RUSSIAN President Vladimir Putin took centre stage yesterday when he appeared at the General Assembly of the United Nations. The focus of his speech was Syria, and he propelled Russia to the centre of the fight against the so-called Islamic State. This sparked a dispute with other world leaders, who are cautious about Russia’s motives on the world stage.

The response from US President Barack Obama was muted, but he admitted: “The United States is prepared to work with any nation, including Russia and Iran, to resolve the conflict.”

Today the British Prime Minister, David Cameron, echoed that stance when he said: “"He is a very strong Russian nationalist.

He is very proud of what Russian stands for."

And that nationalism is at the heart of what makes Putin the leader that he is.

Putin is often portrayed as a strongman, and images have been officially disseminated of him hunting and bare-chested. He is the epitome of a modern-day Tsar, but a new book has highlighted the real roots of this modern Russian imperialism.

The book Dans la tete de Vladimir Putin [Inside the mind of Vladimir Putin] was recently published in France by Michel Eltchaninoff and traces the importance of the Russian Orthodox Church in his vision of the greater Russia.

The author, who is also the editor-in-chief of Philosophie Magazine, analyses the statements made by the Russian leader since 2000 and says he has identified a coherent ideology.

He says that, especially since 2012 and his return to the Presidency, he has tried to unite the Russian people around an ideology that is increasingly imperialist while bringing in other ideological references.

These are all important, especially for the West, as people here try to interpret his actions in Ukraine.

Eltchaninoff says: “Putin promotes the ‘Russian Dream’ and in return demands the right for total power to deliver this dream.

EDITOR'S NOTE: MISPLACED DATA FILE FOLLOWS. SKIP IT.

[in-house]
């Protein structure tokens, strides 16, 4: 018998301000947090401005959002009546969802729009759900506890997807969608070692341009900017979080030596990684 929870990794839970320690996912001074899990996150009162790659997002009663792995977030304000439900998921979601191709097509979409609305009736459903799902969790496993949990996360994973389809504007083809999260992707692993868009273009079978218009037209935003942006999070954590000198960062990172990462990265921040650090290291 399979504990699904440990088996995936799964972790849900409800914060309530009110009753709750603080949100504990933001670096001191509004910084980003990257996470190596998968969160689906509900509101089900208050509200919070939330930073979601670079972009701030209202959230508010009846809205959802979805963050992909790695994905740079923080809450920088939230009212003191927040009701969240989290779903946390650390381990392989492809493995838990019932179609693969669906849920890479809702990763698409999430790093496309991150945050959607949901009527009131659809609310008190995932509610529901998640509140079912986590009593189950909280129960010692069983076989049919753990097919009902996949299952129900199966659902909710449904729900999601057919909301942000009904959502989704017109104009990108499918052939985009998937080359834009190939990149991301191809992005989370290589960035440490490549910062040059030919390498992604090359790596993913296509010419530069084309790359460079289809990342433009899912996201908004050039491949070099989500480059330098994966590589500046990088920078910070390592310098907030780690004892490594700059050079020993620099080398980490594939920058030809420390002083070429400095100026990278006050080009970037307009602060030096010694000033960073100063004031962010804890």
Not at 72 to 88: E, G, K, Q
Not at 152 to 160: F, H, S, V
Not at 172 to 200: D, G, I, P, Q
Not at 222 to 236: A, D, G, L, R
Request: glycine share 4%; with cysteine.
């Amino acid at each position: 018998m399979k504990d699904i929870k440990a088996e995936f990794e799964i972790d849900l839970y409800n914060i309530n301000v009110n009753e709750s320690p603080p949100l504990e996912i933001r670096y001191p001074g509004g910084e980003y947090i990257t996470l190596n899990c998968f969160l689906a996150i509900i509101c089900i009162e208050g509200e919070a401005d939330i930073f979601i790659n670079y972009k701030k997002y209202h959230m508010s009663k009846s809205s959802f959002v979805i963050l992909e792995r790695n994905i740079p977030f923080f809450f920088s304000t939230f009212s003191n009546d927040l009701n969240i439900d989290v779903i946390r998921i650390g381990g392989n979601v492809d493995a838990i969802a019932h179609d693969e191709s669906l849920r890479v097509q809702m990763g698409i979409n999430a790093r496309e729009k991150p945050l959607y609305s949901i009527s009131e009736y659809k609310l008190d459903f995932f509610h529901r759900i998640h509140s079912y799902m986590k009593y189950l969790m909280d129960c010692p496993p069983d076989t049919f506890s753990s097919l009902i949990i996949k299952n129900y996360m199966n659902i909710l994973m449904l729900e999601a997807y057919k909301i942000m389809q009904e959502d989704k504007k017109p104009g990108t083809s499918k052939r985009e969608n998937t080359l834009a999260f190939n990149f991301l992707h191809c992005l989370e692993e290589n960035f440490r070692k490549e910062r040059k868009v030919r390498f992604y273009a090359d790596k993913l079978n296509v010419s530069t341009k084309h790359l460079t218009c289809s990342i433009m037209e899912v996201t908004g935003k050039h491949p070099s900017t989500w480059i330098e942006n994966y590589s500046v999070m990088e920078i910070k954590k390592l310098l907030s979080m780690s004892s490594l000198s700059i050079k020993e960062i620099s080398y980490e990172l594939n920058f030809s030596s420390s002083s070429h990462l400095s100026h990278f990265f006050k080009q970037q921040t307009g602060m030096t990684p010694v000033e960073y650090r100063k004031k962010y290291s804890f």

“He proposes this imperialism ‘a la carte’ and draws on several important and profound ideas in Russian psychology.”

The first and most important of these is the nostalgia for the old Soviet Union, something Putin has in the past said was destroyed by Gorbachev and there have even been calls for the old President to be tried for treason.

However, this nostalgia is only resonant with those over the age of 40 – Putin’s generation.

Equally, he promotes the rights of Russian speakers, even those living outside Russia.

But, according to Eltchaninoff, perhaps the key to understanding Putin is his Orthodoxy. This seems to be tied up in the Russian identity for Putin in the same way it is for Bulgarians, Serbians or even perhaps for the Greeks.

Another factor that is important is Putin’s ‘panSlavism’, in which he sees the importance of the unity of the Slavic peoples to assert their identity in the face of Westerners.

A final piece of the jigsaw: his view of the Eurasia Project. Since the 1920s Russia has defended the idea of a continent that is neither European nor Asian.

Instead this is Eurasia, which is fundamentally a part of both.

This idea of the Slavophile has existed in Russia since the start of the 19th Century and it is a buffer to the idea that Russia is part of the West.

This underlines the importance of a separate Russian tradition that is founded on the important bases of its own culture, social setting and religion. So Putin does not want Russia to see itself as part of the West, nor of the East. This is what he is defending.

But Eltchaninoff says that the ideas Putin is promoting is a patchwork ideology and can, in fact, play out in different directions. But for the most part it is highly imperialist and highly military.